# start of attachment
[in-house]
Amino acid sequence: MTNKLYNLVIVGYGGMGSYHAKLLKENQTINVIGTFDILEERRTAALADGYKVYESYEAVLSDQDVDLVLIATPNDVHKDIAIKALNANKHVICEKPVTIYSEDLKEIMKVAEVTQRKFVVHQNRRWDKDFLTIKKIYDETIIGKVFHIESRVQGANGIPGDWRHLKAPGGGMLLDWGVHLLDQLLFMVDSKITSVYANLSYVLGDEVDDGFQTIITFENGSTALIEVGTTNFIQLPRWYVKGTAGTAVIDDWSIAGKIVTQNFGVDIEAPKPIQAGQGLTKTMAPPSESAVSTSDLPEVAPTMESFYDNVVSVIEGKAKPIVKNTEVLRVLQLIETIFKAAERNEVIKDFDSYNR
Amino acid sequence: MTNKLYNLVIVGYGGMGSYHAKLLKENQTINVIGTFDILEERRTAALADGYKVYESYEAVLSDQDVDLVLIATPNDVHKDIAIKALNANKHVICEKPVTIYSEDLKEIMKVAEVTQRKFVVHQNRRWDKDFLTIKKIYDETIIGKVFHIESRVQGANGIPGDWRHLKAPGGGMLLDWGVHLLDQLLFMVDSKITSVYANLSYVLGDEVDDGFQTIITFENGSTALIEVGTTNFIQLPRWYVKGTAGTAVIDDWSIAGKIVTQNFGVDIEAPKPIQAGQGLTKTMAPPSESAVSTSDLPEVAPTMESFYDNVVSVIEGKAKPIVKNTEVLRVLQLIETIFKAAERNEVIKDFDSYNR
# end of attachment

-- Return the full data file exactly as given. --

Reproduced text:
[in-house]
Amino acid sequence: MTNKLYNLVIVGYGGMGSYHAKLLKENQTINVIGTFDILEERRTAALADGYKVYESYEAVLSDQDVDLVLIATPNDVHKDIAIKALNANKHVICEKPVTIYSEDLKEIMKVAEVTQRKFVVHQNRRWDKDFLTIKKIYDETIIGKVFHIESRVQGANGIPGDWRHLKAPGGGMLLDWGVHLLDQLLFMVDSKITSVYANLSYVLGDEVDDGFQTIITFENGSTALIEVGTTNFIQLPRWYVKGTAGTAVIDDWSIAGKIVTQNFGVDIEAPKPIQAGQGLTKTMAPPSESAVSTSDLPEVAPTMESFYDNVVSVIEGKAKPIVKNTEVLRVLQLIETIFKAAERNEVIKDFDSYNR
Amino acid sequence: MTNKLYNLVIVGYGGMGSYHAKLLKENQTINVIGTFDILEERRTAALADGYKVYESYEAVLSDQDVDLVLIATPNDVHKDIAIKALNANKHVICEKPVTIYSEDLKEIMKVAEVTQRKFVVHQNRRWDKDFLTIKKIYDETIIGKVFHIESRVQGANGIPGDWRHLKAPGGGMLLDWGVHLLDQLLFMVDSKITSVYANLSYVLGDEVDDGFQTIITFENGSTALIEVGTTNFIQLPRWYVKGTAGTAVIDDWSIAGKIVTQNFGVDIEAPKPIQAGQGLTKTMAPPSESAVSTSDLPEVAPTMESFYDNVVSVIEGKAKPIVKNTEVLRVLQLIETIFKAAERNEVIKDFDSYNR